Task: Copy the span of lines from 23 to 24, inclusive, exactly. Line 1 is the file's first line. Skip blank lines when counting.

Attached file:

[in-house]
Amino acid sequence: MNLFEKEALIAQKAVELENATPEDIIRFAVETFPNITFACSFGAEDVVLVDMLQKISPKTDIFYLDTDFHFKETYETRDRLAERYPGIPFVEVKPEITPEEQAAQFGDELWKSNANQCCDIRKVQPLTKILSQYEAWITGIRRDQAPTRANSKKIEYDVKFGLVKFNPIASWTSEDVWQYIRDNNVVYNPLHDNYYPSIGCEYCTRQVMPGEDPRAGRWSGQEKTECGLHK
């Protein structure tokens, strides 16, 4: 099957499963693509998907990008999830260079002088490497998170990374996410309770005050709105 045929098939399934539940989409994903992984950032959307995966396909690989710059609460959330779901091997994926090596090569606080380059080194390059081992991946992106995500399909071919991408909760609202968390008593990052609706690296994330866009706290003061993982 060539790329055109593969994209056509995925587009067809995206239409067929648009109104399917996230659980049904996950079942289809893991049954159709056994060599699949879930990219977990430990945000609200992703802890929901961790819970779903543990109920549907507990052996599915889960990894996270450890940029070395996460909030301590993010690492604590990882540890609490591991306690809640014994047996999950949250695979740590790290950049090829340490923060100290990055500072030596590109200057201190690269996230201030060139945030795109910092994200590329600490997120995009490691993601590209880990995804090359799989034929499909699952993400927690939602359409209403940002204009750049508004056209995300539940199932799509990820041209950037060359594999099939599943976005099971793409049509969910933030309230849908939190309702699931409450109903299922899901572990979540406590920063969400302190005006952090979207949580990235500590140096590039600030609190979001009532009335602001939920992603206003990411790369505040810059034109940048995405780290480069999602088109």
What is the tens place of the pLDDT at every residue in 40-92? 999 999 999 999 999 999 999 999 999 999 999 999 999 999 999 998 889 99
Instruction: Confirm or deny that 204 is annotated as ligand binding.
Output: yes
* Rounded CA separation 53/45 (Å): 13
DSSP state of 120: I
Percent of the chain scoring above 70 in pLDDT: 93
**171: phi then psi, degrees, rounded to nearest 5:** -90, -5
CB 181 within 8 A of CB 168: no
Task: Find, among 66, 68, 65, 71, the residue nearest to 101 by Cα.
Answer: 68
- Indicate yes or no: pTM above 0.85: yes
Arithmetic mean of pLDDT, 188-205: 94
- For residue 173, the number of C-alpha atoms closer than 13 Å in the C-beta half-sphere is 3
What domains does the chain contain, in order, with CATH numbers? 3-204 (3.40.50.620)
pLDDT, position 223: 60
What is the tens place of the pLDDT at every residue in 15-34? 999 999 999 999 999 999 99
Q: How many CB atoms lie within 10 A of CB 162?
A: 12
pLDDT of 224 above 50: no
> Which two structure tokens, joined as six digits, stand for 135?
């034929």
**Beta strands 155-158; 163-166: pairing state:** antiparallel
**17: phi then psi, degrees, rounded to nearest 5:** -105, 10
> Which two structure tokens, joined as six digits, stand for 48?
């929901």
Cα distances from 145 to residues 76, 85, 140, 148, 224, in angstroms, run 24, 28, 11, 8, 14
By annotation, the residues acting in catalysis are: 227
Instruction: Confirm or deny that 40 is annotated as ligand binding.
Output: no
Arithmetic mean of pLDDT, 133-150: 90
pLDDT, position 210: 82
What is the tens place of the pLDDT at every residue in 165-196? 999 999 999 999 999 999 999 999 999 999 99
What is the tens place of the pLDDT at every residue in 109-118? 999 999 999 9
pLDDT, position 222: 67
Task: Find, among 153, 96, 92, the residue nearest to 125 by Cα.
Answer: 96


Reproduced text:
> Which two structure tokens, joined as six digits, stand for 135?
């034929």